This weekend, I'll be wrapping up my US/Canada tour for Makers, my new novel, with a weekend at Philcon, near Philadelphia. I'll be signing books, doing a reading, giving a speech, and appearing on several panels. Hope to see you there!
Important note: I had previously announced a couple of readings tomorrow at the Philadelphia Free Library. It turns out that these are not open to the public (they're for school groups, which no one told me until last night). Sorry about this, folks.
Philcon: Nov 20-22
The Crowne Plaza Hotel, Cherry Hill, NJ
Nice piece in today's National Post about Makers and my approach to publishing:
Presently, Doctorow is in the midst of a short North American book tour promoting Makers, which, like all his work, is free to download from his website, craphound.com,under a Creative Commons licence, which allows readers to share and remix the work as long as it's not for commercial purposes. Interestingly, Doctorow doesn't accept payment from readers who've downloaded his book. Instead, he posts the addresses of libraries and schools who have requested the book and asks donors to buy them a copy instead. It's his commitment and encouragement of sharing that makes Doctorow a thorn in the side of some in the publishing industry (though it should be noted his own publisher, Tor, is part of Macmillan, which in turn is a subsidiary of the massive German conglomerate Holtzbrinck). He wants his books to be read, he wants his books to be passed around and he wants his books to be copied.
"I copy, you copy, everybody copies. Pretending we don't copy is just hypocrisy," says Doctorow, whose own early attempts at sci-fiwere pastiches of Conan the Barbarian stories and Star Wars fan fiction. "It's the 21st century: Art will be copied. If you're making art not to be copied, you're not making contemporary art. It's lovely that someone wants to be the blacksmith at Pioneer Village, but that's not my job. I'ma science-fiction writer."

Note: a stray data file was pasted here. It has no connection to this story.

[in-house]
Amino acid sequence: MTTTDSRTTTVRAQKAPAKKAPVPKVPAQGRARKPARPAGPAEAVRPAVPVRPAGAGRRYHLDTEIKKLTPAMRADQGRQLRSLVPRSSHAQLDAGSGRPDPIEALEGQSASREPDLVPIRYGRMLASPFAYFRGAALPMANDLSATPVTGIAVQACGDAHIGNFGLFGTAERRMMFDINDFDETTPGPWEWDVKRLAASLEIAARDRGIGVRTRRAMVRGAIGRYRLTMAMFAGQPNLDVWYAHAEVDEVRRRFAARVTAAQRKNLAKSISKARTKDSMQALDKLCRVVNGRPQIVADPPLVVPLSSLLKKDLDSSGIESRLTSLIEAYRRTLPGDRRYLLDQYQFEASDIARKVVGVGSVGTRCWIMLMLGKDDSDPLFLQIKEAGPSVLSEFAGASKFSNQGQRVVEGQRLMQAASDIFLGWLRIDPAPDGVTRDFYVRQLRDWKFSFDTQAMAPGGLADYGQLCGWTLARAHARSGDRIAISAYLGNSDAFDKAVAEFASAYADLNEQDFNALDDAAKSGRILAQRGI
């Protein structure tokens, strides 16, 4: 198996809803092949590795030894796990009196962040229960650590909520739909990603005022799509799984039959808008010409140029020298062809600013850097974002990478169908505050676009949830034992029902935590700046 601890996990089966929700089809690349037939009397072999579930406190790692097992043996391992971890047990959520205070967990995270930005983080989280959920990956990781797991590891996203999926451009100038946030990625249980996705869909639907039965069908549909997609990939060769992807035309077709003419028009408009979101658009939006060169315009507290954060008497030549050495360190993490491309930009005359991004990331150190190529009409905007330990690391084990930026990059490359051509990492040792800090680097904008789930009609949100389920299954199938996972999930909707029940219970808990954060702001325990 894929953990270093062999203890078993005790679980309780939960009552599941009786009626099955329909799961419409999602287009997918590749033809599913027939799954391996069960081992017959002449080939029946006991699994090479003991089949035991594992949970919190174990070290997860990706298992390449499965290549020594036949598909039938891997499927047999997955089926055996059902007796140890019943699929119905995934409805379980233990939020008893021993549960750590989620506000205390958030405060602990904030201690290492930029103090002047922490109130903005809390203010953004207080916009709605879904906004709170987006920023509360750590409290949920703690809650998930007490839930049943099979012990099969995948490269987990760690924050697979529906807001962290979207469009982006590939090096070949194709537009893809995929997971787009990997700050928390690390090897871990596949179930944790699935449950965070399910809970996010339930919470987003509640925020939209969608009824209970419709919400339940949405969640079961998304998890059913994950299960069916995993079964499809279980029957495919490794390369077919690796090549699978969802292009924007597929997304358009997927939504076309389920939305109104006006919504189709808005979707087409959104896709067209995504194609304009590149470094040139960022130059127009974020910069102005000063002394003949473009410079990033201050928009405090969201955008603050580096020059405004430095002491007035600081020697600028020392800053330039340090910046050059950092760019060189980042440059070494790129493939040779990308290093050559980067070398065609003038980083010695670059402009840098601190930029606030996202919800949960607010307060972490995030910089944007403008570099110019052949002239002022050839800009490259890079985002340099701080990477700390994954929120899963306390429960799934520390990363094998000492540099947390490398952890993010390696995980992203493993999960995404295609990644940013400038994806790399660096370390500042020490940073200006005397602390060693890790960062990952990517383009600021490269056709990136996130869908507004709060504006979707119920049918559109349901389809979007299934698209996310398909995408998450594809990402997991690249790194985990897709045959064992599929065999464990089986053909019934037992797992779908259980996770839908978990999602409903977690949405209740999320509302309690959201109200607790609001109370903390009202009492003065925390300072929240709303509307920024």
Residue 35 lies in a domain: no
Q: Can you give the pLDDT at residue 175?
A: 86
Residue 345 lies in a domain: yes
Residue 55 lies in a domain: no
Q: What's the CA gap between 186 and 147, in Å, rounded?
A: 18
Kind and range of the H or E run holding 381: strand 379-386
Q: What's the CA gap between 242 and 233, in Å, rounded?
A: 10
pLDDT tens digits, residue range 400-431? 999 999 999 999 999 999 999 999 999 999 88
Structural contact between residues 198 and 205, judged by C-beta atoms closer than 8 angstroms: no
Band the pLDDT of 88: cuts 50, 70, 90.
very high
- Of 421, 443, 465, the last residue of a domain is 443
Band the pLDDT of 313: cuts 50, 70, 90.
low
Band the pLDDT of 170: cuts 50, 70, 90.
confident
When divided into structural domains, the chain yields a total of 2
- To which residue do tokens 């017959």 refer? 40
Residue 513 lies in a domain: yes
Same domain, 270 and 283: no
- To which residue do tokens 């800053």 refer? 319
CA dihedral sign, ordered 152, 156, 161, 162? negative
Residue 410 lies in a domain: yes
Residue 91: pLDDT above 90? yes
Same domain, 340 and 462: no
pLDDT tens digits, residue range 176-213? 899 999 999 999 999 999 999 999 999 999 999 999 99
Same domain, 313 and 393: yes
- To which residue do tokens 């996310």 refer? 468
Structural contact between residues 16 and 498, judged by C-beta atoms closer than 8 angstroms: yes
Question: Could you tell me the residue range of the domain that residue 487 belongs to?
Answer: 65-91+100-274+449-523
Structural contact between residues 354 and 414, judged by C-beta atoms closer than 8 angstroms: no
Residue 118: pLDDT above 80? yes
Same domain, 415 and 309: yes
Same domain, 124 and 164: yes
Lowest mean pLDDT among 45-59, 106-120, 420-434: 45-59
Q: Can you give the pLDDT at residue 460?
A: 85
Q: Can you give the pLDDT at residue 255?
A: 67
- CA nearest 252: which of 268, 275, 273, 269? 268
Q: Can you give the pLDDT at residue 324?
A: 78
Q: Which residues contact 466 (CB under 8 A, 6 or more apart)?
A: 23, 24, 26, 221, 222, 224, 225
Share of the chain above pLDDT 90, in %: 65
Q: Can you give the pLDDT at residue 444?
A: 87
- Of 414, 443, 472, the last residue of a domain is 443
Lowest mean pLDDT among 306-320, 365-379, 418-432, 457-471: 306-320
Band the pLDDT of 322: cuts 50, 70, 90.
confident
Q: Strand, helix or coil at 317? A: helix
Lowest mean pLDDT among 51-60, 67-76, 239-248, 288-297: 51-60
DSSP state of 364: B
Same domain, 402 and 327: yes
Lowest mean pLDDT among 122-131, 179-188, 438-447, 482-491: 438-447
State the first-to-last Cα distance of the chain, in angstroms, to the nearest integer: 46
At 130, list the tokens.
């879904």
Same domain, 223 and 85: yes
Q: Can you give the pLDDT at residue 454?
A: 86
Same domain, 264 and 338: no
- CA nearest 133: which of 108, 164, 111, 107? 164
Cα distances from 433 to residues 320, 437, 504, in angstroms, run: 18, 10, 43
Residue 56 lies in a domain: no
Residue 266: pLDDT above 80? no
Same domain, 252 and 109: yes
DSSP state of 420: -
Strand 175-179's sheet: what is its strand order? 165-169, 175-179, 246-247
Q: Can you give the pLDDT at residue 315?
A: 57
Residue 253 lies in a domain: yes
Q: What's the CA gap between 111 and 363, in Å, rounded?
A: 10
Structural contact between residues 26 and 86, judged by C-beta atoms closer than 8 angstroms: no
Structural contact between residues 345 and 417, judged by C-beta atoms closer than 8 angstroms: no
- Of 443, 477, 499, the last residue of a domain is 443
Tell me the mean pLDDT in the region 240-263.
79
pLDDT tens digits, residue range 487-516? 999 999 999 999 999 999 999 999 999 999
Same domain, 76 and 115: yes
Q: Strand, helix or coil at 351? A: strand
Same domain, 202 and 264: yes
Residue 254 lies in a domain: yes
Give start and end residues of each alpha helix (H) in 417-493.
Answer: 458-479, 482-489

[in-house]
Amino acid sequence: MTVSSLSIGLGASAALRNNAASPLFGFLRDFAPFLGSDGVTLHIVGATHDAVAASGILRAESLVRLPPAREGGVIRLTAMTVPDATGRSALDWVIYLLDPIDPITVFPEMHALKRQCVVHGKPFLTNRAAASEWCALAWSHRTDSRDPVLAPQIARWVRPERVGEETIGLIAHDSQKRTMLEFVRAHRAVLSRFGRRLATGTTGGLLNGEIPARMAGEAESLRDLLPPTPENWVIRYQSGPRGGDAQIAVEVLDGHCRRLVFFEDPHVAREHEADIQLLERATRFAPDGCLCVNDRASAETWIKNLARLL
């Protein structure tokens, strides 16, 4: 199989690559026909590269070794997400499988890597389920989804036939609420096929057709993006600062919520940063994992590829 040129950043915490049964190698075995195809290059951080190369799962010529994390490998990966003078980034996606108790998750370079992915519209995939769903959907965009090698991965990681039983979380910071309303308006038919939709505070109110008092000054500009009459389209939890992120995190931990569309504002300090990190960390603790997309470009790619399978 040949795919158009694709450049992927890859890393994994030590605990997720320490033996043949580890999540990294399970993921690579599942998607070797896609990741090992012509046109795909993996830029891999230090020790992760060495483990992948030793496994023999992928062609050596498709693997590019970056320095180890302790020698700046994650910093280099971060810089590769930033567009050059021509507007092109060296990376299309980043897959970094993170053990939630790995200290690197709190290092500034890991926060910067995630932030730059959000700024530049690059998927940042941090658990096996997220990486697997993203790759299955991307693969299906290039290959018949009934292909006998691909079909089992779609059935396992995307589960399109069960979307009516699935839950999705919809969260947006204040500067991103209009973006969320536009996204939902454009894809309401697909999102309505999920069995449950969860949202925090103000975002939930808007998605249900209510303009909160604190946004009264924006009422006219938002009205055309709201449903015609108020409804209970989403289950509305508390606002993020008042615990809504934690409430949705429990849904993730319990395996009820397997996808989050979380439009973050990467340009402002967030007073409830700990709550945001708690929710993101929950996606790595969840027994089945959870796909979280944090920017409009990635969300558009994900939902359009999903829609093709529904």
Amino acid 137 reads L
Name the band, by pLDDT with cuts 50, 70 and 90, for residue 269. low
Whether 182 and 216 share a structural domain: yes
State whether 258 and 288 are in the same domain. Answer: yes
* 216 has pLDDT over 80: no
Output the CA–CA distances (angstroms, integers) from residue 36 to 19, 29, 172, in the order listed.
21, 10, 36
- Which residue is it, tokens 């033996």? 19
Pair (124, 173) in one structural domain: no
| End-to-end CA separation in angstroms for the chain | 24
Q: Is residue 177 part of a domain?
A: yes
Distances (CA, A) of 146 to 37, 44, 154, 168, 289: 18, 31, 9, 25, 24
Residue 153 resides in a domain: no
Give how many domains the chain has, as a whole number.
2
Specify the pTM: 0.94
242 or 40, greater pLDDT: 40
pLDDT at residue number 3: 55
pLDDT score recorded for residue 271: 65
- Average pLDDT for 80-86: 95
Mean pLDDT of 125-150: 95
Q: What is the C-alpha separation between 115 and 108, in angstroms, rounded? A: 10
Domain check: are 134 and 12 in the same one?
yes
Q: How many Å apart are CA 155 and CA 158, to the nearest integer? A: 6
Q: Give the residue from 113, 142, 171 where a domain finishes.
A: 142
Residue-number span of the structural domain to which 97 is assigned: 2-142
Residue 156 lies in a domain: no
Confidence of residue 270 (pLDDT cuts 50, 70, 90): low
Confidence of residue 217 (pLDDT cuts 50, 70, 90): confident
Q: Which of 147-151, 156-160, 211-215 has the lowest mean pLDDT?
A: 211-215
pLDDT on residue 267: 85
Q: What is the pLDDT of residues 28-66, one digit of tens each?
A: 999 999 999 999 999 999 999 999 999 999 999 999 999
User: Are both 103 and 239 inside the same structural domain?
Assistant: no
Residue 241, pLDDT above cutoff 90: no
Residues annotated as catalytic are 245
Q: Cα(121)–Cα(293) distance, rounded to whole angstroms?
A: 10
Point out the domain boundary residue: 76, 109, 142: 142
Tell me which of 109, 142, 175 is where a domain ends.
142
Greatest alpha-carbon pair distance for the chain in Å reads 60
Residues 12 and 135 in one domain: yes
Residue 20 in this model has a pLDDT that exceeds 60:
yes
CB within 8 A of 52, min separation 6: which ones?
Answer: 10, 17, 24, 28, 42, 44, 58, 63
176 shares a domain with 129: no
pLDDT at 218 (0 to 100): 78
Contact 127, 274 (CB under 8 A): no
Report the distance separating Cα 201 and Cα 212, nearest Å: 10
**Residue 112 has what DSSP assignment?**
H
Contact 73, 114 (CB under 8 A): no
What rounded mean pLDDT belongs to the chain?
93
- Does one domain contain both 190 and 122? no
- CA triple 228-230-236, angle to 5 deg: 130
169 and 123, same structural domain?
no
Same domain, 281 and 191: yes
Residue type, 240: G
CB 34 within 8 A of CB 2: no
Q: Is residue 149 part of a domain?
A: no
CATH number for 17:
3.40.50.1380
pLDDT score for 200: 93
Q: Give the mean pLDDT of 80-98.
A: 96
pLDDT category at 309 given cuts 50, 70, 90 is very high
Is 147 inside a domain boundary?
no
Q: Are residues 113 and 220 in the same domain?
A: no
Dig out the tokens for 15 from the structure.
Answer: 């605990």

Hey, New Yorkers! I'm reading from and signing my new novel Makers tonight at the Borders in Columbus Circle at 59th Street, starting at 7PM. Hope to catch you there! Philadelphians, you're next -- Philadelphia Free Library on Friday, then Philcon (in Cherry Hill, NJ) over the weekend.
I recently conducted an interview with AMCTV's Sci-Fi Scanner about my new novel MAKERS, in which we got into some nice, juicy detail about what makes Disney Parks so fascinating for science fiction treatment.
Q: So how did the concept evolve into creating a hacker Disney World in a Wal-Mart? Did it come from your other novel, Down and Out in the Magic Kingdom?
A: What it evolved out of was the incredible fun I had researching a novel set in a theme park. I've got a real interest in gadgets and doodads, and I set out to reverse engineer a novel plot that revolved around my getting to do fun stuff to research it. Amusement park rides, buying interesting junk, visiting hacker spaces, looking at 3D printers... What novel fits in there?
Q: And then you made Disney the villain.
A: Disney is essentially a privately run city that has 50,000 employees on site and does some novel social stuff as well as lots of interesting technical stuff. And in a world in which the costs of organizing people is going through the floor, Disney ends up with a product that is more expensive. What if in ten years, doing 60 percent of what Disney World does costs a tenth of a percent of what Disney World costs? At that point, Disney World is in real trouble. Disney is a thing unto itself, and science-fictionally it's bottomless.
Andrew Schwab recorded last night's MAKERS launch in Toronto, a stellar event that was standing-room only, featuring free Ubuntu disks (thanks, John!), presentation of the Sunburst Award, a reading, and Q&A.
r. His prognostications are unnervingly plausible and completely bizarre, obviously developed from careful observation of what’s going on at the bleeding edge of technology and culture. The characters are simultaneously completely geeky and suave, lovable and flawed. Even the suits, marketing people and lawyers, are interesting.